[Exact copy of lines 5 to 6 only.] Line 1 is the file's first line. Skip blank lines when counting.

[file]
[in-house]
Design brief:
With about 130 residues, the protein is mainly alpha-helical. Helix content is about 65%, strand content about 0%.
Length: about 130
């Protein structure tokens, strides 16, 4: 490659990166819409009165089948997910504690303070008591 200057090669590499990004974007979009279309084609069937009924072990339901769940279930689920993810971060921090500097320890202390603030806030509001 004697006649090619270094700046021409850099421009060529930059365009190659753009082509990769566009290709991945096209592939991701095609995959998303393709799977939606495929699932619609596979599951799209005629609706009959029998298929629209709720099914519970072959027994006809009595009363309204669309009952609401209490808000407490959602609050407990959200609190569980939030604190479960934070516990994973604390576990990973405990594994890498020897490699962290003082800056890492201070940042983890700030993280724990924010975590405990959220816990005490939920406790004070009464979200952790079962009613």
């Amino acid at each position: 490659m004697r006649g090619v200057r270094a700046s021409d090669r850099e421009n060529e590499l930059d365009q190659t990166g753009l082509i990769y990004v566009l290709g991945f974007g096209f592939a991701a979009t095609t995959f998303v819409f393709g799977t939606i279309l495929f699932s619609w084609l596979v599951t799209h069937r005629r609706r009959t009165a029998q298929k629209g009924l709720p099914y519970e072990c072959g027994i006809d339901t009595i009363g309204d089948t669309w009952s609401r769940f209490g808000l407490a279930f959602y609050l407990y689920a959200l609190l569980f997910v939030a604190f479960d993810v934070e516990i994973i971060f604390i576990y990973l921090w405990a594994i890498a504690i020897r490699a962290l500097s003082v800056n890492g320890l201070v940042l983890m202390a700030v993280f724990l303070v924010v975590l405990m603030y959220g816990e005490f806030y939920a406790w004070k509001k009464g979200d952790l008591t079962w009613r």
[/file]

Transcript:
């Protein structure tokens, strides 16, 4: 490659990166819409009165089948997910504690303070008591 200057090669590499990004974007979009279309084609069937009924072990339901769940279930689920993810971060921090500097320890202390603030806030509001 004697006649090619270094700046021409850099421009060529930059365009190659753009082509990769566009290709991945096209592939991701095609995959998303393709799977939606495929699932619609596979599951799209005629609706009959029998298929629209709720099914519970072959027994006809009595009363309204669309009952609401209490808000407490959602609050407990959200609190569980939030604190479960934070516990994973604390576990990973405990594994890498020897490699962290003082800056890492201070940042983890700030993280724990924010975590405990959220816990005490939920406790004070009464979200952790079962009613």
């Amino acid at each position: 490659m004697r006649g090619v200057r270094a700046s021409d090669r850099e421009n060529e590499l930059d365009q190659t990166g753009l082509i990769y990004v566009l290709g991945f974007g096209f592939a991701a979009t095609t995959f998303v819409f393709g799977t939606i279309l495929f699932s619609w084609l596979v599951t799209h069937r005629r609706r009959t009165a029998q298929k629209g009924l709720p099914y519970e072990c072959g027994i006809d339901t009595i009363g309204d089948t669309w009952s609401r769940f209490g808000l407490a279930f959602y609050l407990y689920a959200l609190l569980f997910v939030a604190f479960d993810v934070e516990i994973i971060f604390i576990y990973l921090w405990a594994i890498a504690i020897r490699a962290l500097s003082v800056n890492g320890l201070v940042l983890m202390a700030v993280f724990l303070v924010v975590l405990m603030y959220g816990e005490f806030y939920a406790w004070k509001k009464g979200d952790l008591t079962w009613r």